Peace Community of San José de Apartadó, April 29, 2023

(Translated by Eunice Gibson, CSN Volunteer Translator)

Your Excellency

Gustavo Francisco Petro Urrego

President of the Republic of Colombia


In connection with the anniversary of the foundation of the Peace Community of San José de Apartadó, we intercede with you, the President of Colombia, to suggest some reflections about the long-standing risks that members of the Community are still experiencing after 28 years of building peace from below, in defense of our lives and of our land.

In the same manner, we intercede so that the current administration can facilitate and re-establish the relationship with this Community.  As you are well aware, in 2005 they declared a rupture with all of the institutions of the Colombian government, because of the horrendous massacre of 8  members at the hands of government agents.[1]

The undersigned are European institutions and organizations that have walked together with the Peace Community of San José de Apartadó for many years, and we recognize the immense value and cohesion of this Community, as we continue defending the principles of non-violence.

It its 26 years, it has suffered the murder of more than 300 of its comrades at the hands of different armed groups (paramilitaries, Colombian Army, and guerrillas), in addition to the long-standing aggressions, intimidations, humiliations, and refusal to admit the suffering caused by the institutions of the government.

As evidenced by historic documents—communications in which the Community made a record of the attacks on its members and on the surrounding population—the situation that they are continuing to experience is extremely serious, because of the paramilitarization of the population and of the local and regional institutions, the presence of armed men on their land and the ongoing abuses of power by the Colombian Armed Forces, and also, very important, the economic interest in their land, and the continuing attempts to take it away from them.

Specifically, one of the Community’s biggest problems, and really contradictory, is the inappropriate application by some agencies of the Land Restitution Law (Statute 1448 of 2011). As the Community itself has explained, it focuses on and concentrates on creating confrontations among the victims themselves, motivating and promoting restitution disputes between poor and unprotected families, while the macro cases involving the companies, the multinationals, and the politicians don’t move forward.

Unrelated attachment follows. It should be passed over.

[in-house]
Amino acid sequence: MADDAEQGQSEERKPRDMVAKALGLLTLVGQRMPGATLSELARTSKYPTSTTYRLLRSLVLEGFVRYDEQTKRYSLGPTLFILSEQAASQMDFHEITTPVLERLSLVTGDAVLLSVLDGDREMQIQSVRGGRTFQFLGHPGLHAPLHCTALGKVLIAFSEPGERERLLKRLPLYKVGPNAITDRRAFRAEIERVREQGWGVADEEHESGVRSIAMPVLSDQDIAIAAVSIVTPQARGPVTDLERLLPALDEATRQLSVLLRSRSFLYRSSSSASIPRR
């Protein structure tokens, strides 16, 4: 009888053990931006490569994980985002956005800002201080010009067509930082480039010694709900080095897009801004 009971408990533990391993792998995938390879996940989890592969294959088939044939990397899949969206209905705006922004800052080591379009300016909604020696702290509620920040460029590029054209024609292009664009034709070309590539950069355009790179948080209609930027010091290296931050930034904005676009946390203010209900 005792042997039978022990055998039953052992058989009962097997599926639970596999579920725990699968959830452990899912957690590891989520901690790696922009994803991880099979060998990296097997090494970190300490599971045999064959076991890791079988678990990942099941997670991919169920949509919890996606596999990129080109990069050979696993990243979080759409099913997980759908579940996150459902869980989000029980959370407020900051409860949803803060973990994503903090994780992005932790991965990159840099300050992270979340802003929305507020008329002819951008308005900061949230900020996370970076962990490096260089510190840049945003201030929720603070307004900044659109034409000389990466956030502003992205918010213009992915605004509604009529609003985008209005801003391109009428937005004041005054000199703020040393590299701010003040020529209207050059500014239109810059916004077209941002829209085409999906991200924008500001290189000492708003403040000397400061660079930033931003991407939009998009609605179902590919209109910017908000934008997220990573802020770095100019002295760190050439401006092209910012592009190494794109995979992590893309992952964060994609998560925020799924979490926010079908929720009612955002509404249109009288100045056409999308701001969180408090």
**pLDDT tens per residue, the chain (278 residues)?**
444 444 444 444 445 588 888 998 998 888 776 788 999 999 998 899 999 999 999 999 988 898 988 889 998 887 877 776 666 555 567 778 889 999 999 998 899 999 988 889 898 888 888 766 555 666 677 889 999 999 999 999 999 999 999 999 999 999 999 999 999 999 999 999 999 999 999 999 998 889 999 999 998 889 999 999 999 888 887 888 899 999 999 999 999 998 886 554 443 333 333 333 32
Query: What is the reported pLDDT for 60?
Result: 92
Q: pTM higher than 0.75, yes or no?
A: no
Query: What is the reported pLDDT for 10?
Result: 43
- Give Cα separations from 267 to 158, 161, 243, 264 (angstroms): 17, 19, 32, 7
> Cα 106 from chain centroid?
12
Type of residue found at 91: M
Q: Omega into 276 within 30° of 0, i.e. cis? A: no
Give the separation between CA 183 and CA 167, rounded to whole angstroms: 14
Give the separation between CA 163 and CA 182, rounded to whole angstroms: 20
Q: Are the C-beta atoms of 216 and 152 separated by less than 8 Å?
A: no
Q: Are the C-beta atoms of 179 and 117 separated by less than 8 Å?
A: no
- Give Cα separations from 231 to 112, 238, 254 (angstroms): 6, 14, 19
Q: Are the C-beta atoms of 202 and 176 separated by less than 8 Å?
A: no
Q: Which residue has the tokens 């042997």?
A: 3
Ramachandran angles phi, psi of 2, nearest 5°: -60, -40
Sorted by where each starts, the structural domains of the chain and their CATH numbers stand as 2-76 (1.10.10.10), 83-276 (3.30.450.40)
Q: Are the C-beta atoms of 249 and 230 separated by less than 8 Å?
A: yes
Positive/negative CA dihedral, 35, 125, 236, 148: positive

In fact, the Community complains that the Land Restitution Law is being kidnapped by the big economic interests around there, because they are taking advantage of the law to get hold of the lands that were recovered by what they have called “the land market”.

We also explain that, in the case of the Peace Community, the problem is more the way they are using this legal tool to grab and evict them from land that they have not only acquired legally, but that they have cared for and defended for more than 20 years.

An emblematic case is the situation of the La Roncona farm. In December of 2018, the Community filed suit claiming ownership of the La Roncona property with the municipal civil court in Apartadó which, legally, would be positive for the Community. But the suit has been put off four times, which could be characterized as a denial of justice. In effect, the judge who is handling the case, William González de la Hoz, was the regional Ombudsman in Urabá in 2016 and what seems delicate to us in his role as judge is that in carrying out his job as Ombudsman, he claimed there was no presence of paramilitary groups in the town (vereda) of Rodoxalí in spite of all the complaints made about the presence of illegals conniving with the Armed Forces and the forced displacement of the population in that town.

We are witnesses of the violation of their right to effective access to the administration of justice in what that judge is doing to keep their community from formalizing one of their most important pieces of property. The hearing that was set for October 26 of last year, in which they were going to have participation as observers 40 representatives of European organizations and institutions never took place, and they didn’t even notify us that it had been canceled. They justified it by saying it was an unintentional mistake. We see in that an intervention by the central government, for example, it could have remedied the defenseless situation that the Peace Community of San José de Apartadó was suffering. (See attached Register of Aggressions and Human Rights Violations in 2022.)

In spite of the foregoing, we believe it is the first time, after many years, we are seeing members of the Community having a certain hope about the current administration, and therefore, we believe it’s the right time for the central government do what is possible to re-establish the confidence of their collective in government institutions.

We recall that the Community has always asked government authorities for a minimal demonstration of good faith, for guarantees, so that they could establish conversation with the government; convinced that they are in line with their attitude and with the governing program that we now present.[2]